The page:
Good luck.

 

Rick G

post #43 of 56
Thread Starter 
Quote:
Originally Posted by rickg View Post
 

Hey, I understand what you are saying.  I was just being my silly smart assed self.  :D  I do own 4 pairs of skis and all are used.  But 2 are race skis for my race league.  The other 2 are kind of what you are doing.  My narrower 81 underfoot eastern all mountain and the other is my 98 western all mountain ski trip ski.  So if I were to quit racing tomorrow, I would probably sell at least one if not both pair of race skis and stick to more versatile 2 ski quiver.

 

Another suggestion if you are thinking 90ish is the newer Blizzard Brahma.  Has the beef of the Bones with the shorter radius sidecut of the Bushwacker.  Just a thought.

 

Good luck.

 

Rick G

No offense taken! Ideally I would have a 4 or 5 ski quiver myself, but right now it just doesn't make sense for me.

 

Blister did a review on the Brahma where they compared it to the Bonafide (both skis were 180cm). From the review: "The 180 Brahma, on the other hand feels stiffer through the tails, and its groomer / carving performance does blow me away. The price of that performance is that it is not as forgiving in moguls as the Bonafide (despite the Bonafide’s increased width)." Based on that I think I would go with a Bonafide over the Brahma, because I'm valuing mogul/tree skiing greater than groomers.

 

I plan on keeping my E98's as early/late season skis, so I'll still have something that I can carve on.

post #44 of 56
Quote:
Originally Posted by spchin24 View Post
 

No offense taken! Ideally I would have a 4 or 5 ski quiver myself, but right now it just doesn't make sense for me.

 

Blister did a review on the Brahma where they compared it to the Bonafide (both skis were 180cm). From the review: "The 180 Brahma, on the other hand feels stiffer through the tails, and its groomer / carving performance does blow me away. The price of that performance is that it is not as forgiving in moguls as the Bonafide (despite the Bonafide’s increased width)." Based on that I think I would go with a Bonafide over the Brahma, because I'm valuing mogul/tree skiing greater than groomers.

 

I plan on keeping my E98's as early/late season skis, so I'll still have something that I can carve on.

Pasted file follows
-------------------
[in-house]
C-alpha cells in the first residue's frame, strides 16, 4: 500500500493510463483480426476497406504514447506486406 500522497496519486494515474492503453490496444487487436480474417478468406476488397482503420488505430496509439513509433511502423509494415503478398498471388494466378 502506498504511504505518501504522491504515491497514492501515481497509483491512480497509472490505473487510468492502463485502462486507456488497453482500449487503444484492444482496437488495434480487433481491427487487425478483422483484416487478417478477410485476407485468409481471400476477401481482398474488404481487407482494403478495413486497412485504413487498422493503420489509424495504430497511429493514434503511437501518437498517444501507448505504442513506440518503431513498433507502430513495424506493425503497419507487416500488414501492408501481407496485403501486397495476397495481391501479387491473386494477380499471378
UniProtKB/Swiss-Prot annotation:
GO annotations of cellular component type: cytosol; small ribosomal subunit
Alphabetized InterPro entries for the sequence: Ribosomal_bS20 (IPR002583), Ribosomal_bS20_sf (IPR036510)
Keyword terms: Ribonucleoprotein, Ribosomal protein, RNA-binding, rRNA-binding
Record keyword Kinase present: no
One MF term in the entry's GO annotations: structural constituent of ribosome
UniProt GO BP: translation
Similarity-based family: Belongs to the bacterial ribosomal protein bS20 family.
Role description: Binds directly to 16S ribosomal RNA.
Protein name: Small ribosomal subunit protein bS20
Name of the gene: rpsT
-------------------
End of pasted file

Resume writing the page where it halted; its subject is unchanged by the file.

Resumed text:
To be honest I have not had a chance to ski either the Brahma or Bonafide, but have other Blizzards.  I know from reviews that both are highly regarded.  Ironically, my western all mountain ski is the E98, a very versatile ski in its own right.. Sometimes the grass isn't always greener.

 

Rick G

post #45 of 56
Quote:
Originally Posted by spchin24 View Post

So I demo'ed the Bonafide today at Snowbird. I racked up ~28k vertical feet of skiing on it, so I feel like I got a pretty good impression of the ski.

Likes:
- Much easier to smear turns in bumps and trees than my E98
- Comparable dampness/stability to my E98 
- Less demanding to ski than my E98

Dislikes:
- Edgehold is not as good as my E98 on firm groomers (it felt like the tails washed out a lot easier)

I can see why the Bonafide is the benchmark ~100mm underfoot ski. It did everything well, with an empasis on trees and bumps. I think I'm willing to give up the edgehold of my E98 in exchange for the maneuverability of the Bonafide in trees and bumps.

From other reviews that I've read, it sounds like the NRGY 100 is a toned down version of the Bonafide. Has anyone skied both of these skis (Bonafide and NRGY 100), and if so, would you agree with that statement?

Thanks again for all the help, the suggestions in here are great!

No, it's a toned down version of the E-98/100 and retains the excellent edge hold on firm snow. I'm not a big Bonafide fan, but I like both the Rossi and Nordica 100's.
Edited by markojp - 1/27/15 at 5:44pm
post #46 of 56
Thread Starter 
Quote:
Originally Posted by markojp View Post


No, it's a toned down version of the E-98/100 and retains the excellent edge hold on firm snow. I'm not a big Bonafide fan,mount I like both the Rossi and Nordica 100's.

 

How would you compare the NRGY 100 to the Bonafide in bumps and trees? If the NRGY 100 retains the edgehold of the E98 but is better off-piste and in bumps, I may have found my ski.

 

I'm planning on demo'ing the NRGY 100, but that won't happen until I go to Jackson Hole in March.

post #47 of 56
Quote:
Originally Posted by spchin24 View Post
 

 

How would you compare the NRGY 100 to the Bonafide in bumps and trees? If the NRGY 100 retains the edgehold of the E98 but is better off-piste and in bumps, I may have found my ski.

 

I'm planning on demo'ing the NRGY 100, but that won't happen until I go to Jackson Hole in March.